And as the Internet morphs into the Internet of Things, a ubiquitous interconnection of computing devices into everyday objects, the company’s products and services will become even more critical.

The importance of these products and services should lead to more profit.

And more profit should lead to more dividends.

Dividend Growth, Growth Rate, Payout Ratio and Yield

Cisco has already increased its dividend for 10 consecutive years.

Sure, not the longest streak around.

But what they lack in track record, they more than make up for in growth.

The five-year dividend growth rate is 13.3%.

And that’s a lot of growth when you pair it with the stock’s starting yield of 3.10%.

This yield is slightly higher than the stock’s own five-year average.

With a payout ratio of 56.9%, this dividend is secure and in a position to continue growing.

Revenue and Earnings Growth

Indeed, it’s that future growth that today’s investors care about and are buying into.

Thus, I’ll now build out a forward-looking growth trajectory estimate for Cisco.

This will rely partially on what Cisco has already done over the long term in terms of top-line and bottom-line growth.

Then I’ll compare that to a near-term professional prognostication for profit growth.

Blending the proven past with a future forecast in this manner should tell us a lot about where Cisco might be going.

Cisco grew its revenue from $40.040 billion in FY 2010 to $51.094 billion in FY 2019.

That’s a compound annual growth rate of 2.93%.

I usually like to see a mid-single-digit top-line growth rate from a mature business like this.

Admittedly, they fell slightly short.

However, the company bought back a lot of stock in order to produce better bottom-line growth.

The company’s earnings per share advanced from $1.33 to $2.61 over this period, which is a CAGR of 7.78%.

That’s closer to the kind of growth I’d expect from a company of Cisco’s caliber.

In addition to buybacks, margins have expanded nicely over the last few years.

Looking forward, CFRA is anticipating that Cisco will compound its EPS at an annual rate of 3% over the next three years.

I last looked at CFRA’s three-year EPS growth prediction for Cisco in late February. It was at 5%.

That was, of course, right as the pandemic was really coming on.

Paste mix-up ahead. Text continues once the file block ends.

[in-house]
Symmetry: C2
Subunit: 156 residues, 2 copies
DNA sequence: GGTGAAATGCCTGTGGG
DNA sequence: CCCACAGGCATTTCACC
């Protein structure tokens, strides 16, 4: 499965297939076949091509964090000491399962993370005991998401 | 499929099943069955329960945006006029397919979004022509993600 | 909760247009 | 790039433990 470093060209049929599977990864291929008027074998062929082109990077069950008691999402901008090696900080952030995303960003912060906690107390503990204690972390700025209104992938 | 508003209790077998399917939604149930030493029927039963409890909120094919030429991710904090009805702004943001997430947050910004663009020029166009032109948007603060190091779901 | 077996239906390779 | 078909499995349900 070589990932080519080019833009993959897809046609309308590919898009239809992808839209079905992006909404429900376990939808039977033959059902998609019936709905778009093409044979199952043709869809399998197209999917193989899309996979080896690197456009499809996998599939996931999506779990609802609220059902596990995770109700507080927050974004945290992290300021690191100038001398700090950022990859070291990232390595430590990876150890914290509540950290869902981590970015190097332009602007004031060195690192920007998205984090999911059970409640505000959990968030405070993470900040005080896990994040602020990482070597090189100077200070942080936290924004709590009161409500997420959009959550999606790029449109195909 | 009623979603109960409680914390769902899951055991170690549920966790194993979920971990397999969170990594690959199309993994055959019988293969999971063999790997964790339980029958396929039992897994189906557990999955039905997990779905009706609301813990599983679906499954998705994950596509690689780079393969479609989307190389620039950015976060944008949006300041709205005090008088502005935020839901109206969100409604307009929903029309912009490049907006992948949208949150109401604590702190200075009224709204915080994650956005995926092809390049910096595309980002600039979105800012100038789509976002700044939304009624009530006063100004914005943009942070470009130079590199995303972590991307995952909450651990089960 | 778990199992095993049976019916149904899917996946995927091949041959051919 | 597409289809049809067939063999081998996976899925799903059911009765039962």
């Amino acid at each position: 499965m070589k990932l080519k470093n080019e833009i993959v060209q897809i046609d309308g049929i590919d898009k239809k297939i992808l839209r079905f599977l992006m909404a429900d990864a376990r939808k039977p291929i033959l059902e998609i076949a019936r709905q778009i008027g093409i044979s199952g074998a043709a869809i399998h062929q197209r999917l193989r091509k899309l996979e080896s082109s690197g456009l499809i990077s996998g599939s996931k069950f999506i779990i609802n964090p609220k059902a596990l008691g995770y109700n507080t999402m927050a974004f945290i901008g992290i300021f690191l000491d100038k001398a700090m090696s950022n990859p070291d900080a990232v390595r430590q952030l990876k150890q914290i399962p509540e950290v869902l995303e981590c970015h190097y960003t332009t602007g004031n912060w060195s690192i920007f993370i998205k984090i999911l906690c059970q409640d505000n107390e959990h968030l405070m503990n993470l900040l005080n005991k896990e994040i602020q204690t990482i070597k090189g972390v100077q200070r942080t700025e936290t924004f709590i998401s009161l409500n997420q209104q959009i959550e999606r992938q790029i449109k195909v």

I thought that was a fair, if conservative, estimate.

Knocking it down to 3% seems to be too conservative, in my view.

With the work-from-home revolution (even if only temporary) triggering an accelerated uptake/adoption of technology, Cisco is actually positioned very well in this environment.

CFRA cites a challenging Chinese market as a key headwind. They also note project cancellations from small- and medium-sized businesses.

On the flip side, CFRA points to a variety of tailwinds benefiting Cisco.

These include rising bandwidth consumption, high demand for data center solutions, and the migration to cloud

The pandemic is hurting a lot of businesses.

But Cisco actually stands to come out ahead.

I see the worst-case scenario as the whole thing being a neutral event for Cisco, and that’s not bad at all.

Dividend growth could certainly be middling over the next few years, but the long-term prospects remain great.

Financial Position

Moving over to the balance sheet, Cisco Systems maintains a fantastic financial position. Their balance sheet is a fortress.

The long-term debt/equity ratio is 0.43, while the interest coverage ratio is approximately 18.

If that’s all there was, it’d be impressive.

But there’s more to the story.

The company has more than $33 billion in total cash (as of the end of last FY).

That covers their long-term debt more than two times over.

This balance sheet gives them defense in an uncertain environment, while also allowing for the opportunity to be selectively offensive. They can be nimble and scoop up fast-growth companies by virtue of their immense cash hoard.

Their profitability, as one might expect, is extremely robust.

Over the last five years, the firm has averaged annual net margin of 16.54% and annual return on equity of 15.63%.

Great numbers.

Again, though, there’s more to the story.

Fiscal year 2018 was an aberration, artificially lowering the averages.

In truth, Cisco is routinely showing a net margin of over 20%, which is fantastic.

I see this is a great business that’s positioned about as well as they can be.

Patents, technological know-how, the necessity of their products, and switching costs are all durable competitive advantages for the company.

Of course, there are risks to consider.

Litigation, regulation, and competition are omnipresent risks in every industry.